Traditional forms of tourism are now giving way to a more sustainable path, which benefits local communities as opposed to large corporations. The benefits of sustainable tourism are far and wide, but one of the main focuses of sustainable tourism is to be of benefit to local communities.
Why is sustainable tourism important? The UN’s sustainability goals for the year 2030 state that decreasing poverty as well as providing decent work and economic growth are two of the stated goals.
Sustainable tourism is defined as ‘Tourism that takes full account of its current and future economic, social and environmental impacts, addressing the needs of visitors, the industry, the environment, and host communities.’ (U.N. World Tourism Organization, UNWTO)
One such benefit of sustainable tourism is when the money from travel/tourism is directed into a local community, as opposed to a large corporation, one can expect to see a change to a more personable, highly localised tourism experience. One example of this is when utilising the services of a local ranger for an ecotour. These local rangers are highly familiarised with the geography, flora and fauna, wildlife, history and culture of the area. They are then able to share this information with the traveller, thereby generating a valuable educational experience in addition to a fun tour in nature.
Small communities are invested in offering the best possible experience to travellers in their location, because it benefits the community directly, thus allowing the community to be more self-sufficient. The meaning of this being that one is able to have a bit more control of one’s own livelihood and contributions, as opposed to waiting for external employment opportunities to arrive in the area. This self-sufficiency is a focused benefit of sustainable tourism.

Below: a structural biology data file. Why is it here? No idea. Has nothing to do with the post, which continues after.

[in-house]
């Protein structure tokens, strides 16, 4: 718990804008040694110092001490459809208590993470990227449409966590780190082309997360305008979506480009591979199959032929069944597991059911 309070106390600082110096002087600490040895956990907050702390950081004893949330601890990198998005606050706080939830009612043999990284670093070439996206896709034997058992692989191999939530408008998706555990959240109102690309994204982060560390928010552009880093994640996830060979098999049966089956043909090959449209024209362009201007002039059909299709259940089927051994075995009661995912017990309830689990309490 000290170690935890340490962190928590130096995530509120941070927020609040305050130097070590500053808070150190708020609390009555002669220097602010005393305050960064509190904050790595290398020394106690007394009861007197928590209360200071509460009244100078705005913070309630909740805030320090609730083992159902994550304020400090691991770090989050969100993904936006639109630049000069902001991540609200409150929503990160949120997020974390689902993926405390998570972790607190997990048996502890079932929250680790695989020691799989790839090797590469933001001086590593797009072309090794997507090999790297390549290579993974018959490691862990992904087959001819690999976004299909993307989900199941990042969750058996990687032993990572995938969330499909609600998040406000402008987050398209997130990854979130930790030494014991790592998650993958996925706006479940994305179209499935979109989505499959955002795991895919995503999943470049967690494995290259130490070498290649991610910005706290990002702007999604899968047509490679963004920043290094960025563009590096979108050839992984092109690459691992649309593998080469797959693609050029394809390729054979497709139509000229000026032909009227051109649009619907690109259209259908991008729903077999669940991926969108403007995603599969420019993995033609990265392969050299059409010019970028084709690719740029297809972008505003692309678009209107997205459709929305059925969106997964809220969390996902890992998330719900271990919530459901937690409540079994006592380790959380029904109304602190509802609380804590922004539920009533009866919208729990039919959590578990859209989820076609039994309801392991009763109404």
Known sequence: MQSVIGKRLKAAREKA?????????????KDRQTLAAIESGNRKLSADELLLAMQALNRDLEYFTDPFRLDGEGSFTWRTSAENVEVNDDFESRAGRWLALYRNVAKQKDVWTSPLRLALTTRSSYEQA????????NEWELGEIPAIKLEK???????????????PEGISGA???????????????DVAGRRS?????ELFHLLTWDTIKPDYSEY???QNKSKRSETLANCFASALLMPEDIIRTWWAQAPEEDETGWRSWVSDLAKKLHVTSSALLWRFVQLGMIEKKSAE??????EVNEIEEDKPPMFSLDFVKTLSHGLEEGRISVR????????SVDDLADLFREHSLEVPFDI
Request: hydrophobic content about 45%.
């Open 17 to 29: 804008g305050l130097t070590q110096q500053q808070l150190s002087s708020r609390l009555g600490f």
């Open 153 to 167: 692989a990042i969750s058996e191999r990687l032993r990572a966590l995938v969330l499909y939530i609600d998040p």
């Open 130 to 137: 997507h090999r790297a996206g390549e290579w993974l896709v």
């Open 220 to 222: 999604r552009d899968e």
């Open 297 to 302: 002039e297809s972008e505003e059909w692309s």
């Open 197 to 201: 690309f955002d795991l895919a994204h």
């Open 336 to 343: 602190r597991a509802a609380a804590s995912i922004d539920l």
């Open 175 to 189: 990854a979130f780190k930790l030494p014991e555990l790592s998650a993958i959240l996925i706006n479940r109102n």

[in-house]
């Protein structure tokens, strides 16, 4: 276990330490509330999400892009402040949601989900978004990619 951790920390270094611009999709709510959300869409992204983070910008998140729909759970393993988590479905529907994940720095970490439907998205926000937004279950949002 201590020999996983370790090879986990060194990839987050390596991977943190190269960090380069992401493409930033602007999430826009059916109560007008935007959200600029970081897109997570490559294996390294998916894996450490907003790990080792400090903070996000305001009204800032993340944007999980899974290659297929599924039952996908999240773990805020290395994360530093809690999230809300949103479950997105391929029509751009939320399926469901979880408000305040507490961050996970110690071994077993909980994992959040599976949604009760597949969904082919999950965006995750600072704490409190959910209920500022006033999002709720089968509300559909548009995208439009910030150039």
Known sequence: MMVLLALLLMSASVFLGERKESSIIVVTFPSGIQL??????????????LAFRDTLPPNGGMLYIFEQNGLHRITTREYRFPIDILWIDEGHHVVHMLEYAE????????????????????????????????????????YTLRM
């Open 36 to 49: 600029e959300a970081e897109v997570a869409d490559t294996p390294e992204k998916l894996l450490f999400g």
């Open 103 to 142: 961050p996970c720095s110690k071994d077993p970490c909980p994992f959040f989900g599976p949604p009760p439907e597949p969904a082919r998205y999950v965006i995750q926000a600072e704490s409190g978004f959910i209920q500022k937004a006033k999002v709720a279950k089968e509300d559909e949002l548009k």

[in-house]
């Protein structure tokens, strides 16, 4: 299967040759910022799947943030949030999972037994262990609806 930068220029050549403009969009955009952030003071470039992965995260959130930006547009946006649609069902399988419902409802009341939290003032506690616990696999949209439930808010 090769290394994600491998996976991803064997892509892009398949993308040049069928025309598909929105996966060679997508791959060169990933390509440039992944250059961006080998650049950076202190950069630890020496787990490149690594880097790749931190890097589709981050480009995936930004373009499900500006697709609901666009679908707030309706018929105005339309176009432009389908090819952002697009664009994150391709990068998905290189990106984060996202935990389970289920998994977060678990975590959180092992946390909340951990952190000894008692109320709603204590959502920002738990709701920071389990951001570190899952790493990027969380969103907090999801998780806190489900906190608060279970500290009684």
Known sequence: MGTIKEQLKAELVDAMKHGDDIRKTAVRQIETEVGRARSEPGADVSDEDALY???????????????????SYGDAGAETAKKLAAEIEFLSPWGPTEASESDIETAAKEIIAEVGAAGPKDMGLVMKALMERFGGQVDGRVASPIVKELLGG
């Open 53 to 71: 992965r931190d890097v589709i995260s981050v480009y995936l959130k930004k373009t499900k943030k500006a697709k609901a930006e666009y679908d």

Many small communities have been focusing their efforts on community improvements with the income generated by local tourism efforts. Some examples of these types of initiatives are community savings groups which can serve to offer microloans to women in the villages, improvements in infrastructure via building of schools and community centres or the addition of water and electric facilities or the improvement of existing facilities thereof.
Having tourism which is based at a community level, creates a plethora of positives, not only for the community but for the traveller as well. Travellers interested in a local experience have the best opportunities to discover a locations’ hidden gems when engaging on a community level, as opposed to the traditional forms of tourism. Locals always know the best places for dining, most beautiful local scenery and other treasures that one is hard-pressed to find with large tour companies. This is a traveller benefit of sustainable tourism.
Dining locally, and enjoying locally sourced ingredients are also a special treat for the traveller, and one which also benefits the local communities. Eating local foods provide not only palatable delight, but an insight into the culture and agriculture of the local area – based solely on the ingredients made available for traditional food items. Who knew that one could learn so much simply by eating? Or that the lesson would be so tasty!
Sustainable tourism also follows the path of leaving a destination better than you found it. In other words; enjoying the pristine nature by merely existing in it and not leaving your tourism footprint behind. This is especially pertinent when visiting nature reserves and wildlife areas. Flora can be that sensitive that something as simple as human touch can damage the plant. This is just one more reason why it is imperative to utilise the services of a local ranger to guide your ecotour.
When one combines all of these together and adds the benefit of the financial contributions directly into the local community, which benefits the local community and encourages and motivates, sustainable tourism is a preferable option as opposed to traditional tourism methods.
Live sustainably, travel sustainably, tour sustainably….
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